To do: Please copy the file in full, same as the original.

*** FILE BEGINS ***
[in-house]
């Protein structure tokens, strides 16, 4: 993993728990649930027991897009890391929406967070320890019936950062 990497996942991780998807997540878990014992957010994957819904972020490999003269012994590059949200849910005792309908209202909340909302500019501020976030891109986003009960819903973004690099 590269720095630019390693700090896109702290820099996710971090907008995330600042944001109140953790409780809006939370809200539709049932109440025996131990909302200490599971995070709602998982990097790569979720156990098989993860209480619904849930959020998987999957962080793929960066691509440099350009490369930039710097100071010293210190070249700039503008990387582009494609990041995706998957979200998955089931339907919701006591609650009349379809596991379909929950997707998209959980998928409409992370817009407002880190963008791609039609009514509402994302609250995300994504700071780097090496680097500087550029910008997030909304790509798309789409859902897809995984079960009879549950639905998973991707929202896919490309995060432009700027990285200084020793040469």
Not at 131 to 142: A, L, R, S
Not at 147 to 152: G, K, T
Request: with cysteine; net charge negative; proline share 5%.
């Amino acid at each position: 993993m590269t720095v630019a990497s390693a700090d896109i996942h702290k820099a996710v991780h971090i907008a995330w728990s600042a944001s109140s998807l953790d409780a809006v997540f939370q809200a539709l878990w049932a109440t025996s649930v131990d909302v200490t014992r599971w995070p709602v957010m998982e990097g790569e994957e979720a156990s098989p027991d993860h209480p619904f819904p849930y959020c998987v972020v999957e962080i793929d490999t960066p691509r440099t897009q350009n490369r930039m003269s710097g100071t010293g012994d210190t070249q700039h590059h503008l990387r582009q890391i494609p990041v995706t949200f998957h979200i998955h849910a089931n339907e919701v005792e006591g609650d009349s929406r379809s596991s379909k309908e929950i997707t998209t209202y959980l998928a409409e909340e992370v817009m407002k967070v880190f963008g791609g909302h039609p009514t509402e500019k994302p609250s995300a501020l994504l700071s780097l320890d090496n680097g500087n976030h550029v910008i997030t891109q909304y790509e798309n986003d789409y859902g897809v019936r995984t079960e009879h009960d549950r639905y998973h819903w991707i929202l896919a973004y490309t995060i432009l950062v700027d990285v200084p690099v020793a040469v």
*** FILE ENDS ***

[in-house]
């Protein structure tokens, strides 16, 4: 993993728990649930027991897009890391929406967070320890019936950062 990497996942991780998807997540878990014992957010994957819904972020490999003269012994590059949200849910005792309908209202909340909302500019501020976030891109986003009960819903973004690099 590269720095630019390693700090896109702290820099996710971090907008995330600042944001109140953790409780809006939370809200539709049932109440025996131990909302200490599971995070709602998982990097790569979720156990098989993860209480619904849930959020998987999957962080793929960066691509440099350009490369930039710097100071010293210190070249700039503008990387582009494609990041995706998957979200998955089931339907919701006591609650009349379809596991379909929950997707998209959980998928409409992370817009407002880190963008791609039609009514509402994302609250995300994504700071780097090496680097500087550029910008997030909304790509798309789409859902897809995984079960009879549950639905998973991707929202896919490309995060432009700027990285200084020793040469």
Not at 131 to 142: A, L, R, S
Not at 147 to 152: G, K, T
Request: with cysteine; net charge negative; proline share 5%.
């Amino acid at each position: 993993m590269t720095v630019a990497s390693a700090d896109i996942h702290k820099a996710v991780h971090i907008a995330w728990s600042a944001s109140s998807l953790d409780a809006v997540f939370q809200a539709l878990w049932a109440t025996s649930v131990d909302v200490t014992r599971w995070p709602v957010m998982e990097g790569e994957e979720a156990s098989p027991d993860h209480p619904f819904p849930y959020c998987v972020v999957e962080i793929d490999t960066p691509r440099t897009q350009n490369r930039m003269s710097g100071t010293g012994d210190t070249q700039h590059h503008l990387r582009q890391i494609p990041v995706t949200f998957h979200i998955h849910a089931n339907e919701v005792e006591g609650d009349s929406r379809s596991s379909k309908e929950i997707t998209t209202y959980l998928a409409e909340e992370v817009m407002k967070v880190f963008g791609g909302h039609p009514t509402e500019k994302p609250s995300a501020l994504l700071s780097l320890d090496n680097g500087n976030h550029v910008i997030t891109q909304y790509e798309n986003d789409y859902g897809v019936r995984t079960e009879h009960d549950r639905y998973h819903w991707i929202l896919a973004y490309t995060i432009l950062v700027d990285v200084p690099v020793a040469v």